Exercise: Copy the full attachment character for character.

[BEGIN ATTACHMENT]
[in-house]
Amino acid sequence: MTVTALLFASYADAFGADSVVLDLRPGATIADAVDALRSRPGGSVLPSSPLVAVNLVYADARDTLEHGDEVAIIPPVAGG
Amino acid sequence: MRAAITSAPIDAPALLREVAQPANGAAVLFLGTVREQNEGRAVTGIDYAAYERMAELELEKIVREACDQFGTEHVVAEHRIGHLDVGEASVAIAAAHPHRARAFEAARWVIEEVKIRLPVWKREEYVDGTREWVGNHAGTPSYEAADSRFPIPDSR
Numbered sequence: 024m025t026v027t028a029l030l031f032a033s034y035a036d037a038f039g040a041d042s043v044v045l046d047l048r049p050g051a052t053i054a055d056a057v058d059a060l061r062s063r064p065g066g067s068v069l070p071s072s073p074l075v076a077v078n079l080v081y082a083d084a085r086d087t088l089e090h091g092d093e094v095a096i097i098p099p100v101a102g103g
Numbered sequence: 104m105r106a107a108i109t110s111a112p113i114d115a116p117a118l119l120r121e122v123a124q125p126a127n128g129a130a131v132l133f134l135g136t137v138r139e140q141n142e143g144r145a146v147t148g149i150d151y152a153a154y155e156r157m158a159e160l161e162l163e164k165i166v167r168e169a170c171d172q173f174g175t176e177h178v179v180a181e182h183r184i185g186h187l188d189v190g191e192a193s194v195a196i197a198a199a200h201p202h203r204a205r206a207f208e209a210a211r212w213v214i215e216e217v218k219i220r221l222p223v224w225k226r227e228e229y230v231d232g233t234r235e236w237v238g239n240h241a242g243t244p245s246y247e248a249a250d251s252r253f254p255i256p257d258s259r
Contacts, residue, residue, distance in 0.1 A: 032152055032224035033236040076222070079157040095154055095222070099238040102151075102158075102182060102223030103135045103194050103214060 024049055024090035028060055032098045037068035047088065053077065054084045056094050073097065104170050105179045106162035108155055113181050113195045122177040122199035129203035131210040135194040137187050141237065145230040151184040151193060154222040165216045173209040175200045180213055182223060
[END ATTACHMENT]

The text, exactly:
[in-house]
Amino acid sequence: MTVTALLFASYADAFGADSVVLDLRPGATIADAVDALRSRPGGSVLPSSPLVAVNLVYADARDTLEHGDEVAIIPPVAGG
Amino acid sequence: MRAAITSAPIDAPALLREVAQPANGAAVLFLGTVREQNEGRAVTGIDYAAYERMAELELEKIVREACDQFGTEHVVAEHRIGHLDVGEASVAIAAAHPHRARAFEAARWVIEEVKIRLPVWKREEYVDGTREWVGNHAGTPSYEAADSRFPIPDSR
Numbered sequence: 024m025t026v027t028a029l030l031f032a033s034y035a036d037a038f039g040a041d042s043v044v045l046d047l048r049p050g051a052t053i054a055d056a057v058d059a060l061r062s063r064p065g066g067s068v069l070p071s072s073p074l075v076a077v078n079l080v081y082a083d084a085r086d087t088l089e090h091g092d093e094v095a096i097i098p099p100v101a102g103g
Numbered sequence: 104m105r106a107a108i109t110s111a112p113i114d115a116p117a118l119l120r121e122v123a124q125p126a127n128g129a130a131v132l133f134l135g136t137v138r139e140q141n142e143g144r145a146v147t148g149i150d151y152a153a154y155e156r157m158a159e160l161e162l163e164k165i166v167r168e169a170c171d172q173f174g175t176e177h178v179v180a181e182h183r184i185g186h187l188d189v190g191e192a193s194v195a196i197a198a199a200h201p202h203r204a205r206a207f208e209a210a211r212w213v214i215e216e217v218k219i220r221l222p223v224w225k226r227e228e229y230v231d232g233t234r235e236w237v238g239n240h241a242g243t244p245s246y247e248a249a250d251s252r253f254p255i256p257d258s259r
Contacts, residue, residue, distance in 0.1 A: 032152055032224035033236040076222070079157040095154055095222070099238040102151075102158075102182060102223030103135045103194050103214060 024049055024090035028060055032098045037068035047088065053077065054084045056094050073097065104170050105179045106162035108155055113181050113195045122177040122199035129203035131210040135194040137187050141237065145230040151184040151193060154222040165216045173209040175200045180213055182223060